question for the guru's about data types

Quote:

> > I am loading a file containing 14 4-byte numbers.

> > A hex-dump of the file looks like this:

> > 0000 000C 0000 000C 0000 000C 0000 000C

> > 0000 091A 0000 1025 0000 0140 0000 0014

> > 0000 091A 0000 09F3 0000 1AF3 0000 1A0C

> > 0000 1025 0000 1BCE

> > I know above numbers represent these numbers:

> > 0,0,0,0,52,106,17,3,52,58,68,80,106,279

> Are you quite sure? It must be a pretty odd computer which represents

> 0 as 0x0000000C; this would usually be either 12 or some large number

> (depending on the endianness of your machine, and also whether these

> numbers are signed). It's possible they're in some kind of floating

> point format, I suppose, but even then 0.0 usually comes out as all

> zeroes.

I think you misunderstood.

0: 0000 000C

0: 0000 000C

0: 0000 000C

0: 0000 000C

52: 0000 091A

106: 0000 1025

17: 0000 0140

3: 0000 0014

52: 0000 091A

58: 0000 09F3

68: 0000 1AF3

80: 0000 1A0C

106: 0000 1025

279: 0000 1BCE

This is quite a weird format.

Perhaps it's some sort of Hamming code.

A Hamming code is a code where several parity bits are added in

interesting places (N parity bits for 2^N data bits) to be able to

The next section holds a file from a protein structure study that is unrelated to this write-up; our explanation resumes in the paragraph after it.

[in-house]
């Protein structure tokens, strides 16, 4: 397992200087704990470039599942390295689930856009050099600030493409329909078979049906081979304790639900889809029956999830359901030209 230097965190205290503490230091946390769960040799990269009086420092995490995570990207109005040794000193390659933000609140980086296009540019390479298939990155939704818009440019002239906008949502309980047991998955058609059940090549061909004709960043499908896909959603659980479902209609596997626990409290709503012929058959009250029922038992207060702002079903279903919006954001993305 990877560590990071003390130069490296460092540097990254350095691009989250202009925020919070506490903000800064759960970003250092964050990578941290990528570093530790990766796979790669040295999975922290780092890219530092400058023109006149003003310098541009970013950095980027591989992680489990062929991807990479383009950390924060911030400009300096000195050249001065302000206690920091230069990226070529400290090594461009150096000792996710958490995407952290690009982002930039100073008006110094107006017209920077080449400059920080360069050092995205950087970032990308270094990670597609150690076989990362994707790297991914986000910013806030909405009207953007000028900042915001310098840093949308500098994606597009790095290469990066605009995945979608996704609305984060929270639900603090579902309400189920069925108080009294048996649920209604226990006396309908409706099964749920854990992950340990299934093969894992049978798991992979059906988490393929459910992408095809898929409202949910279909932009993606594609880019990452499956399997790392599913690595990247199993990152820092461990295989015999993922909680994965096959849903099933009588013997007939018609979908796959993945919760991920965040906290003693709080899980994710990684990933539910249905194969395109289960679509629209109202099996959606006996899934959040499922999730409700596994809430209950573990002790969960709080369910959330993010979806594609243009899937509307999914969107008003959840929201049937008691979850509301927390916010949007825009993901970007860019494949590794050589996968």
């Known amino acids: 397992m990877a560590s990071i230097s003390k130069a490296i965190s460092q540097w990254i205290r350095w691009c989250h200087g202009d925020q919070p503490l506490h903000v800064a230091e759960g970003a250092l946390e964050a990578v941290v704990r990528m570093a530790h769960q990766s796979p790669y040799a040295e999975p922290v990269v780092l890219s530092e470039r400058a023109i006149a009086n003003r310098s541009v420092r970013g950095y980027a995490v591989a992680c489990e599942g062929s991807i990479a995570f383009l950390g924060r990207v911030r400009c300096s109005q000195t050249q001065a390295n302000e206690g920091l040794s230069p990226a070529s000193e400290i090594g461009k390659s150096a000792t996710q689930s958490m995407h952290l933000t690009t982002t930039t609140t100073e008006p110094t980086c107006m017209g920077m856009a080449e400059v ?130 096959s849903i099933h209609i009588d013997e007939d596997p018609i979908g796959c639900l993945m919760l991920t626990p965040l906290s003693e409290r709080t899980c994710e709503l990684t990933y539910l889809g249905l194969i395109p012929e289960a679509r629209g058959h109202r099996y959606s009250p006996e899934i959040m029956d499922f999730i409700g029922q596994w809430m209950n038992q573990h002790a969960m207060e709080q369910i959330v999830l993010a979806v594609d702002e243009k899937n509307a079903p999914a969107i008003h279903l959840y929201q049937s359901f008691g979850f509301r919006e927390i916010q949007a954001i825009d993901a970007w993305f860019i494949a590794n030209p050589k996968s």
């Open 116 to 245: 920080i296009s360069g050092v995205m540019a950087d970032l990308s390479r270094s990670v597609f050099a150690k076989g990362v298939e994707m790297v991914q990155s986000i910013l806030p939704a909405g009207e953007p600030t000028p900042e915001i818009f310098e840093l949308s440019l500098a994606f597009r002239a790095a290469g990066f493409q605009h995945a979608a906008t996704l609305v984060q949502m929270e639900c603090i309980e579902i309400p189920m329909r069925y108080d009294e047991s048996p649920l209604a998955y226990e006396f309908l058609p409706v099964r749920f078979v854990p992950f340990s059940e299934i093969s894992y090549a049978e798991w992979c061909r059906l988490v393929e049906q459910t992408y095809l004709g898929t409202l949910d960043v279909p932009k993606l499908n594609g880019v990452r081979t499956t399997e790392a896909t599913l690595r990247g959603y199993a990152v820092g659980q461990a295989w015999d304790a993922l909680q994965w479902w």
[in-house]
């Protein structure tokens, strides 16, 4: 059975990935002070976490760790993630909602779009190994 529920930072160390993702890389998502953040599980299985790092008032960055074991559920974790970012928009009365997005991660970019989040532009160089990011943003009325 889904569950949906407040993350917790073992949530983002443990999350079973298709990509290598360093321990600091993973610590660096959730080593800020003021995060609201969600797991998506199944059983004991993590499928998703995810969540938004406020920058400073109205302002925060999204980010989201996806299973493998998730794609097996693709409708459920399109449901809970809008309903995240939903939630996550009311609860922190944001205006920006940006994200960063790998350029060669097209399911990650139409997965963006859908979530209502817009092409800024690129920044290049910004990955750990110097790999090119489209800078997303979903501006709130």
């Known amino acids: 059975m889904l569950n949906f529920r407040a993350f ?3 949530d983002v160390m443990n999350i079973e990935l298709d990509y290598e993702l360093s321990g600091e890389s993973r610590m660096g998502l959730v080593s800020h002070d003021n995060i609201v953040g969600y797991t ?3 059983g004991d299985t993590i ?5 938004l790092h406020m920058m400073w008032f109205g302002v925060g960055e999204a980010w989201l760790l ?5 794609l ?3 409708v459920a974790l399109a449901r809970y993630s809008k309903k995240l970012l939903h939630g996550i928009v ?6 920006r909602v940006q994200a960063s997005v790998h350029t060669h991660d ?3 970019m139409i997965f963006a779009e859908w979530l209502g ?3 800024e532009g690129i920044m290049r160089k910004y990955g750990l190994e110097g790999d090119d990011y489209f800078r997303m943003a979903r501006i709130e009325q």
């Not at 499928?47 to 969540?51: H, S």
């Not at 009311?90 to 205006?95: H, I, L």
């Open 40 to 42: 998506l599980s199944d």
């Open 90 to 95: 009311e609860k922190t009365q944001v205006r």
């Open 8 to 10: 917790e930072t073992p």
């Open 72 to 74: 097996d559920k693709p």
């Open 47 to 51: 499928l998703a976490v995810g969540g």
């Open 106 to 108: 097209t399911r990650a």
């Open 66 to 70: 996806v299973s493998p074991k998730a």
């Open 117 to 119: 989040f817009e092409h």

detect and correct a single bit error.

Did you get these data from a serial link or something else error

prone, like a barcode reader?

A parity bit's value is set to a value that makes the total number

of 1's in the number (incl. parity bit) even ("Even parity")

or odd ("Odd parity").

In a Hamming code, every parity bit checks its own group of bits,

e.g.:

1st parity bit checks 0x0x0x0x0x0x0x0x

2nd parity bit checks 00xx00xx00xx00xx

3rd parity bit checks 0000xxxx0000xxxx

etc.

I don't remember what the best place for the parity bits was, though.

Bits 0 and 1 are likely candidates for (odd) parity bits,

since 0 is represented by 0000 000C (or 00...011 binary).

Bits 0 and 1 bring the total nr. of 1's in there respective areas

to an odd number (being 1).

I THINK the other parity bits are not set to 1 because they each

check on one of the first parity bits, but I'm not at all sure

about that.

You probably have 16 data bits, 4 parity bits and 4 unused bits.

Can you get the values for 1, 2, 3, 4 etc. and for e.g. 254, 255, 256,

65534, 65535, and all powers of 2?

I'll dig up ye ol' dig'tal tech books at home and puzzle on this

for a wee while...

Of course, none of this is on-topic for comp.lang.c. :-(

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